Affordability challenges remain
Clearly, lower rates were the biggest driver behind higher sales in February.
February usually marks the beginning of the spring buying season and buyer and seller activity usually picks up as the weather warms and the end of the school year approaches.
With soaring prices and high mortgage rates continuing to stifle buyer activity, this spring market is expected to be softer than a couple of years ago.
Mortgage rates began to fall in February, but rose on inflation fears, which ended the month about half a percentage point higher. This upward trajectory in rates has recently been interrupted by concerns about the health of the financial system after numerous bank failures. This has led to lower prices over the past week.
A sign of Credit Suisse is seen behind a sign of Swiss bank UBS, in Zurich on March 18, 2023. Switzerland's largest bank, UBS, is in talks to buy all or part of Credit Suisse, according to a report from the Financial Times. Credit Suisse - Switzerland's second largest bank - came under pressure this week as the failure of two US regional lenders rattled the sector.
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The future of mortgage rates will be affected by what action the Federal Reserve decides to take with benchmark rates at its two-day policy meeting that concludes on Wednesday.
Home sellers considering putting their homes on the market will still be in a strong position to take advantage of home equity, because low inventory and strong buying demand have kept prices strong in many places. "But the diminishing pool of buyers makes the task more difficult."
She added: “Home sales remained well below last year’s level, suggesting that significant gains in affordability must be made before buyers can return to the market en masse.
The median home price in the United States was lower in February this year than it was in February 2022, ending more than a decade of annual increases, the longest on record, according to a National Association of Realtors report released Tuesday.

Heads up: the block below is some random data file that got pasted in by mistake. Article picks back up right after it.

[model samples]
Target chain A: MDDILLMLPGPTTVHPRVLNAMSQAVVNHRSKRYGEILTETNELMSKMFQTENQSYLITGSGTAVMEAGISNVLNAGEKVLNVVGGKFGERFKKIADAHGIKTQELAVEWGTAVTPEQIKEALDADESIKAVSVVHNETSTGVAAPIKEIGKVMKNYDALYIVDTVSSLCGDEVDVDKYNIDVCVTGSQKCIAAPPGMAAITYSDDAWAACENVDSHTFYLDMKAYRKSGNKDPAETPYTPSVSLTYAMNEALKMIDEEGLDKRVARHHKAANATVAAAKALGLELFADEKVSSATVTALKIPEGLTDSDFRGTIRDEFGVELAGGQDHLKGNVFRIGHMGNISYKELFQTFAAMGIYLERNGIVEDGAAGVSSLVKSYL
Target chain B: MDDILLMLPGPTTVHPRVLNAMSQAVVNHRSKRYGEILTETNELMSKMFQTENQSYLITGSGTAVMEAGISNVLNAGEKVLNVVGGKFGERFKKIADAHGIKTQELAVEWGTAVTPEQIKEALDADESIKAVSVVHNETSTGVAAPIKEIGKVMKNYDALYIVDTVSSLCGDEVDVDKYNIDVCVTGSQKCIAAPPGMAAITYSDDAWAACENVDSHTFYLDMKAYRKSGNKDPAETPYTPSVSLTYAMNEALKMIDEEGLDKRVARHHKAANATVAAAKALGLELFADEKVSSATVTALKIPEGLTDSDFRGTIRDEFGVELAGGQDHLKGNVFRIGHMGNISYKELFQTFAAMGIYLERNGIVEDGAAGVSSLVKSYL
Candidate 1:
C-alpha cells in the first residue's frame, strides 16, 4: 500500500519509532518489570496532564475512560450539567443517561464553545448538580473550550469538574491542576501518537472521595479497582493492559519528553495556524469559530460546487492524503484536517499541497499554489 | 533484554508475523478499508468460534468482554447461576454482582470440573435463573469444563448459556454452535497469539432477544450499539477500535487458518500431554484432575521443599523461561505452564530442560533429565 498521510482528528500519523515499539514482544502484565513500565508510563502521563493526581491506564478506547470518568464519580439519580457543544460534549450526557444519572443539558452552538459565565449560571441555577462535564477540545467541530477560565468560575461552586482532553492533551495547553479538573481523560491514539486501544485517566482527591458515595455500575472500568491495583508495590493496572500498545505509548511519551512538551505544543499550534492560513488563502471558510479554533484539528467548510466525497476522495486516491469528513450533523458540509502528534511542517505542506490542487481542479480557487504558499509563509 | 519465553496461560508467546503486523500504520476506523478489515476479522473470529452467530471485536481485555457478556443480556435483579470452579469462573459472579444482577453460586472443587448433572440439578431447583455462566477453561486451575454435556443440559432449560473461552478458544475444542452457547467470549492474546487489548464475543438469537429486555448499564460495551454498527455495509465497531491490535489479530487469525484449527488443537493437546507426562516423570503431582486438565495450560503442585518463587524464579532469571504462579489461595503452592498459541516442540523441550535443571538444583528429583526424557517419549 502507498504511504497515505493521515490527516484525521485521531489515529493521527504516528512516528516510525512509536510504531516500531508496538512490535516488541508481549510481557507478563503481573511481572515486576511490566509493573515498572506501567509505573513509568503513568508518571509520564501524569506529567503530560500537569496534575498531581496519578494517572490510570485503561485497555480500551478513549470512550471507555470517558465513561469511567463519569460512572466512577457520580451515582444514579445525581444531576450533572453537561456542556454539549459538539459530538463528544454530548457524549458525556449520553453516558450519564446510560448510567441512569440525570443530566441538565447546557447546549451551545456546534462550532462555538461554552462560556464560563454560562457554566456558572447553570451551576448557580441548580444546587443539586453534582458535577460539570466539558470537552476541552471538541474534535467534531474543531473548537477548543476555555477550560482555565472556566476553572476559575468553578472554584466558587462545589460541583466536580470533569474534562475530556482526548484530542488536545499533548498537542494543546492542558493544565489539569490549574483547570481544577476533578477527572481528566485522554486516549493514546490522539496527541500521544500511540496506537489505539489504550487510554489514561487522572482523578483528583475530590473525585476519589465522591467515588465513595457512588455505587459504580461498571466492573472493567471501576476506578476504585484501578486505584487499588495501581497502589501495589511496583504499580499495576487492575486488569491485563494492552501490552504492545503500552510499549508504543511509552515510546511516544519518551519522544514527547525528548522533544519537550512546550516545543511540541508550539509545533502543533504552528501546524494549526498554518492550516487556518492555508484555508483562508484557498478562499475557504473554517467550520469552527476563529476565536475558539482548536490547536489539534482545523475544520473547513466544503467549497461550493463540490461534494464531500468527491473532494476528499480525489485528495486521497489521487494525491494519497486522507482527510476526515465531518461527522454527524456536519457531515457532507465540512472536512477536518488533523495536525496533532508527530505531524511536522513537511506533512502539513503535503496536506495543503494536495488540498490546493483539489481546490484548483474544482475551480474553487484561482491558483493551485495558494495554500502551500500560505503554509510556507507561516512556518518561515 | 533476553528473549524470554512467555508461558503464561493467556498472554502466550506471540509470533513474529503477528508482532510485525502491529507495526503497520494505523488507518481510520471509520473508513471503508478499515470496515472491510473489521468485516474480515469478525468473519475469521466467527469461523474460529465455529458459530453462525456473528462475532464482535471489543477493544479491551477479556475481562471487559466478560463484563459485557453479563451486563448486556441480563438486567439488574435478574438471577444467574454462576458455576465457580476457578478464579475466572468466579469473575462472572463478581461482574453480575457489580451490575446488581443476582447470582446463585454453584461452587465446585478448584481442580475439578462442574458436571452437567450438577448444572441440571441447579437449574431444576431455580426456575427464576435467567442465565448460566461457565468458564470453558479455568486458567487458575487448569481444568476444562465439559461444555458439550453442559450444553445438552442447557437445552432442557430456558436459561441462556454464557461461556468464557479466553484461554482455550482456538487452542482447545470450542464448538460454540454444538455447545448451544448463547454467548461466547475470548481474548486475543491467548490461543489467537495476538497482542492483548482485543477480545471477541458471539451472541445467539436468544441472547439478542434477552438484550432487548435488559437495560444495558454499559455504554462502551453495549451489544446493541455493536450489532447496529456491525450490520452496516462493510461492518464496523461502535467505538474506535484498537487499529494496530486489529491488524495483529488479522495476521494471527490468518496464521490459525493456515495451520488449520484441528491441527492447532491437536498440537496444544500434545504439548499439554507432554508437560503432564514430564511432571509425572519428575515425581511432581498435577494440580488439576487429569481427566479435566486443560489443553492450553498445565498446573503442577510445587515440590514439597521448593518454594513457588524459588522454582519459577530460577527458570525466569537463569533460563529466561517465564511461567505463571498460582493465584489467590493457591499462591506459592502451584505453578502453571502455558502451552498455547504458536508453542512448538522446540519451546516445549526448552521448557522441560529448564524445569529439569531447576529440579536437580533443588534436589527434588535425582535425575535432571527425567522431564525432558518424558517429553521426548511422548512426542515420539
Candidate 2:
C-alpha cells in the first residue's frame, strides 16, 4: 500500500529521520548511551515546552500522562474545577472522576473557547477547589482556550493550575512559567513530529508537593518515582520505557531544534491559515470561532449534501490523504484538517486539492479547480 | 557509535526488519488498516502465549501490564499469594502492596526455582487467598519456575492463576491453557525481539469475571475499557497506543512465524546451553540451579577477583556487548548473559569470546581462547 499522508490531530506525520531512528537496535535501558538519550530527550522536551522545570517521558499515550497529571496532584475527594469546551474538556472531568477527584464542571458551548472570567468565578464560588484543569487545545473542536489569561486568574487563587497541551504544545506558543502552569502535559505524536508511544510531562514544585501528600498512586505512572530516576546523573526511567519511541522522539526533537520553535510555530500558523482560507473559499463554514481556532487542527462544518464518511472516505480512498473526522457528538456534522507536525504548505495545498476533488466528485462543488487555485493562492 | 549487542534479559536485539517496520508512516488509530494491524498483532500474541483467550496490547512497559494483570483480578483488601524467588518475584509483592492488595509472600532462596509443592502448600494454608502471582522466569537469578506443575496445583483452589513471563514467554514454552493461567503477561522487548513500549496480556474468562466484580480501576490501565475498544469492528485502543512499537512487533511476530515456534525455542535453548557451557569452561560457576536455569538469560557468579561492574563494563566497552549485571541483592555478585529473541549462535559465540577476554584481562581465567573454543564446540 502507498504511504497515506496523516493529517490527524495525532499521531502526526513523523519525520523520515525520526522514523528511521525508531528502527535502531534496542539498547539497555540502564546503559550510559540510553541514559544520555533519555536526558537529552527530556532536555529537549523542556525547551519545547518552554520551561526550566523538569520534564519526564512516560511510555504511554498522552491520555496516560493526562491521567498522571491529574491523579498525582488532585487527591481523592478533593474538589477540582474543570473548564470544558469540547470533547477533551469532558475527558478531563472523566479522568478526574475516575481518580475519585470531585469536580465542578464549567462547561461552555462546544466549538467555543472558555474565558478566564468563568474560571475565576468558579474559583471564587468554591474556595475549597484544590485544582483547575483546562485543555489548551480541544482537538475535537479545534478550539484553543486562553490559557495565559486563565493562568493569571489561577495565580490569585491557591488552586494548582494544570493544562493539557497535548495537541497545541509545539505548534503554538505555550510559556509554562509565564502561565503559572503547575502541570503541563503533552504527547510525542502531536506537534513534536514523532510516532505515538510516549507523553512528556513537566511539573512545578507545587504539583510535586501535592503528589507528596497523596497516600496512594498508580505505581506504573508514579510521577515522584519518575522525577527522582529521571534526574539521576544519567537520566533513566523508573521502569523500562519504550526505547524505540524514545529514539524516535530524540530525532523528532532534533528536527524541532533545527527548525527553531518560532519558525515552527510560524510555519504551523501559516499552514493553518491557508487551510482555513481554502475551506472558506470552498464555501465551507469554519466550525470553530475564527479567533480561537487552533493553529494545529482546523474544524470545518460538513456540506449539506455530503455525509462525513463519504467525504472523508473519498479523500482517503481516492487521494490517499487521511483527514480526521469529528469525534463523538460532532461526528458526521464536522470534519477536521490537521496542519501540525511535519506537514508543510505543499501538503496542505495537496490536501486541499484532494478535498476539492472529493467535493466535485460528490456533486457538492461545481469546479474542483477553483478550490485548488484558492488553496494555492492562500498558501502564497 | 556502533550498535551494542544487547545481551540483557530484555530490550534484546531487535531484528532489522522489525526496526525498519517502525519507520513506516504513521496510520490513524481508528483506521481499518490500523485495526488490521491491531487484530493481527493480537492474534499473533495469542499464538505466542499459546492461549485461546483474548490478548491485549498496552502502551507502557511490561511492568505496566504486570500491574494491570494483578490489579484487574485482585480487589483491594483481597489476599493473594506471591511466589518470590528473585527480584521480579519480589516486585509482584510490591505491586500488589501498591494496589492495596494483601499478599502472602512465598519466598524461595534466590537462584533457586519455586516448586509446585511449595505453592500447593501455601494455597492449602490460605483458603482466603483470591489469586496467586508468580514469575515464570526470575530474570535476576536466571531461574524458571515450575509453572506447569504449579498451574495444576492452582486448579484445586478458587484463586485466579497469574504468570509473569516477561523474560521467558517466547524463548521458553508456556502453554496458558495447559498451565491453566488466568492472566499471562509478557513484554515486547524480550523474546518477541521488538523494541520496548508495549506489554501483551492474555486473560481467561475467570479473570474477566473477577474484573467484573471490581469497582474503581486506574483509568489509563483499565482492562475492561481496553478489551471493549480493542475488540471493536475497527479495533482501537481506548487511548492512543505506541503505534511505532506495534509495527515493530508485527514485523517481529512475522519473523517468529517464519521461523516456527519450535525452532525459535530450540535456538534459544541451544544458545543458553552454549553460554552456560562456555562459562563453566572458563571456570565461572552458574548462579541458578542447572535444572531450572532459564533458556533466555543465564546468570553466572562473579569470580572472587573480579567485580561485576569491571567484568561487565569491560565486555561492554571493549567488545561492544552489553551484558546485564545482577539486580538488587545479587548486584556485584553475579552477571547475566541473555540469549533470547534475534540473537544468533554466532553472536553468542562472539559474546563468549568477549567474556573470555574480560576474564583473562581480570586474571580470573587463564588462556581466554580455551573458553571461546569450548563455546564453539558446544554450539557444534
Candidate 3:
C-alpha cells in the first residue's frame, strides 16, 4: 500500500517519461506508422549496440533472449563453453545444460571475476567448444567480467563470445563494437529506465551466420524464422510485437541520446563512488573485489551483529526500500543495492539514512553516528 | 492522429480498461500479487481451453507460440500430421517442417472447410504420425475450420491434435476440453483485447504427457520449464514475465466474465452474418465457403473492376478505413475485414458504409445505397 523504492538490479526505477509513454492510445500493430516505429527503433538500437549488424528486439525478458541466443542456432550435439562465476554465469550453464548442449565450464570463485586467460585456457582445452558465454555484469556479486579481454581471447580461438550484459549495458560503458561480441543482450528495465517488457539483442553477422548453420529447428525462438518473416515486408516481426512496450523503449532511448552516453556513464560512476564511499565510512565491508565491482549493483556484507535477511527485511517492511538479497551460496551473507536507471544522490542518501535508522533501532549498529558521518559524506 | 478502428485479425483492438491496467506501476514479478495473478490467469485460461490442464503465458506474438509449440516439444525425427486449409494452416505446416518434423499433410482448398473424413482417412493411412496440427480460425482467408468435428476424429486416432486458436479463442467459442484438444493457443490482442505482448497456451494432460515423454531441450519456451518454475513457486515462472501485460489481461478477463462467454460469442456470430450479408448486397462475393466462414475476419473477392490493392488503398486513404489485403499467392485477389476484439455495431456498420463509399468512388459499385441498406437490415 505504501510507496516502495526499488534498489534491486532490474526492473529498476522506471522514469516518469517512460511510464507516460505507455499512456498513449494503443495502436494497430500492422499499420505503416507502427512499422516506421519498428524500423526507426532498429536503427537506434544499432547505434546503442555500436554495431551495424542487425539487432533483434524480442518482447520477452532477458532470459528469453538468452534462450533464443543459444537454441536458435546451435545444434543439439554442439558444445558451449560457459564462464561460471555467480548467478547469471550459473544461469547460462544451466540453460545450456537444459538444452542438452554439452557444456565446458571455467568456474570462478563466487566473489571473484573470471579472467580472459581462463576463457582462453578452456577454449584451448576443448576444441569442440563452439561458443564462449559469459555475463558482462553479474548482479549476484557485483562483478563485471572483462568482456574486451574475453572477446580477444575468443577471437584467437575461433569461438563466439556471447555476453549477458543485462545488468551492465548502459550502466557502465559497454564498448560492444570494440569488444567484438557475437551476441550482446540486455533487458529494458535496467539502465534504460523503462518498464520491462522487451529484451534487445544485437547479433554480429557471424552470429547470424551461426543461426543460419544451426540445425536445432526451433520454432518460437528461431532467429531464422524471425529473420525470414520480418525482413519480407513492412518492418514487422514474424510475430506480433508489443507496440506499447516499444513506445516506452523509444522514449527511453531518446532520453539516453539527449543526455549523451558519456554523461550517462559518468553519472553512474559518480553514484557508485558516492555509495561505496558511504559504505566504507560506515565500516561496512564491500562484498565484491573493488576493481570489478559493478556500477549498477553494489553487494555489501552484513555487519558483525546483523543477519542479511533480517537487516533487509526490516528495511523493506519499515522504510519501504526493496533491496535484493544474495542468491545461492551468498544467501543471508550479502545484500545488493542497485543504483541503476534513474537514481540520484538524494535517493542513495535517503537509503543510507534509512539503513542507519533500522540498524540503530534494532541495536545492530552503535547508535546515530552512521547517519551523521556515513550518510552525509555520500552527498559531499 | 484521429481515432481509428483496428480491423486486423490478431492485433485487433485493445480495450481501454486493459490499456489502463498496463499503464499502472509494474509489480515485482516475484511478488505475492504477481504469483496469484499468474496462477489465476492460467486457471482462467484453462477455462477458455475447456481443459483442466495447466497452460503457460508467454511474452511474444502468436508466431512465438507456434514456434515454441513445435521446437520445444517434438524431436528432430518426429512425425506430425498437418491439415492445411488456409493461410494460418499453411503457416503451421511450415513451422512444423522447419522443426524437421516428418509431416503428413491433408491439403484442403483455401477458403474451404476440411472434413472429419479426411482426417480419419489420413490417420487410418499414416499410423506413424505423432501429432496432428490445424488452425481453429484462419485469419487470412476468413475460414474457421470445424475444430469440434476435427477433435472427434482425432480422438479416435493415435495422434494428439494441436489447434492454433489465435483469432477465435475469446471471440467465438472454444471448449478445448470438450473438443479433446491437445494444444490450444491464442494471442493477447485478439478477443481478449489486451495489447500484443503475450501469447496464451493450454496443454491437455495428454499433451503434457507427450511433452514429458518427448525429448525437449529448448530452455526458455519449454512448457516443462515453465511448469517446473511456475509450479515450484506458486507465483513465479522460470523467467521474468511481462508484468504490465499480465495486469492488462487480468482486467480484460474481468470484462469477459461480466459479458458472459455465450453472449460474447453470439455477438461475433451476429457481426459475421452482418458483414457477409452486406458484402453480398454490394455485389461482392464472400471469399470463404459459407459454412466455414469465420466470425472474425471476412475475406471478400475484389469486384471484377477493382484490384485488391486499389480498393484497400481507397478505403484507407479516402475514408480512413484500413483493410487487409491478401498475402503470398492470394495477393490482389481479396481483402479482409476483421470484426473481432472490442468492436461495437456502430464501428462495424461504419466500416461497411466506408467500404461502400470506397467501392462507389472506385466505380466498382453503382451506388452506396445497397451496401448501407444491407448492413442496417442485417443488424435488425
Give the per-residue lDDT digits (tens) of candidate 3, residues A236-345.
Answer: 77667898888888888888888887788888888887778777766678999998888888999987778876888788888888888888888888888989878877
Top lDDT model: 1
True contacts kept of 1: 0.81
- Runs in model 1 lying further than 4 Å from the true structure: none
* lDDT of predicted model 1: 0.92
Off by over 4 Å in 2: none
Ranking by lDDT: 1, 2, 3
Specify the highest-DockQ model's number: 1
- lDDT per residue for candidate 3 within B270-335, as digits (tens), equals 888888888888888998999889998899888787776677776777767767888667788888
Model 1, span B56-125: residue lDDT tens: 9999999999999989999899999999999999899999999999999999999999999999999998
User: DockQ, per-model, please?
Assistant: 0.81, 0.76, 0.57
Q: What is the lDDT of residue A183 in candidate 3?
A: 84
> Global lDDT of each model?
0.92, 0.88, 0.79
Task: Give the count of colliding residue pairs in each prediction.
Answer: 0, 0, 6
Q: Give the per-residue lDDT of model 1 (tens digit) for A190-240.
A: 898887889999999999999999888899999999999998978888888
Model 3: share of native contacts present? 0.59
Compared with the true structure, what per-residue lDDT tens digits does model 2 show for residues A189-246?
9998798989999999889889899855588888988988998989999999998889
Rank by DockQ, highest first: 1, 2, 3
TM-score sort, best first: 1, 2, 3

The current median home price was $363,000 in February, down 0.2% from a year ago. This marks the first month-on-year decline in prices since February 2012.
Regionally, prices fell more than last year in the West (down 5.6%) and the Northeast (down 4.5%), as housing became more affordable. But prices continued to be higher than a year ago in the South (up 2.7%) and the Midwest (up 5%).
"This is not a price bottom line," said Lawrence Yoon, chief economist at NAR. “We expect a sustained price correction, but we don't expect a price collapse.”
He said the average drop is very small, and it's basically flat. But it marks the first technical decline in median home prices that is expected to continue.
Could we see a 5% drop? Absolutely, but we could also see a 5% increase. Expect prices to drop 2% this year.
But home sales jumped higher, posting the largest monthly percentage increase since July 2020, which itself was an anomaly for the pandemic as some restrictions were eased that month to allow for a backlog of sales.
US home sales rose in February, after a full year of declining home sales due to rising mortgage rates and prices remaining high kept homebuyers out of the market. The sales reversal in February also ended the longest streak of declines on record in home sales on a monthly basis, dating back to 1999 for all homes and 1968 for single-family homes.
Single-family homes are seen in a residential neighborhood on October 27, 2022 in Miramar, Florida. The 30-year fixed rate mortgage rate was 7.08%, up from 6.94% in the previous week, according to Freddie Mac. Mortgage rates exceeded 7% for the first time since April 2002 (Photo by Joe Riedel/Getty Images)
Mortgage rates drop in the wake of bank failures
Existing home sales -- which includes single-family homes, townhouses, condominiums and co-ops -- increased 14.5% in February compared to January. But sales are down 22.6% from a year ago.
Seasonally adjusted annual sales pace decreased from 5.92 million units last year to 4.58 million units. The sharp decline in sales activity was driven by the large increase in mortgage rates over the past year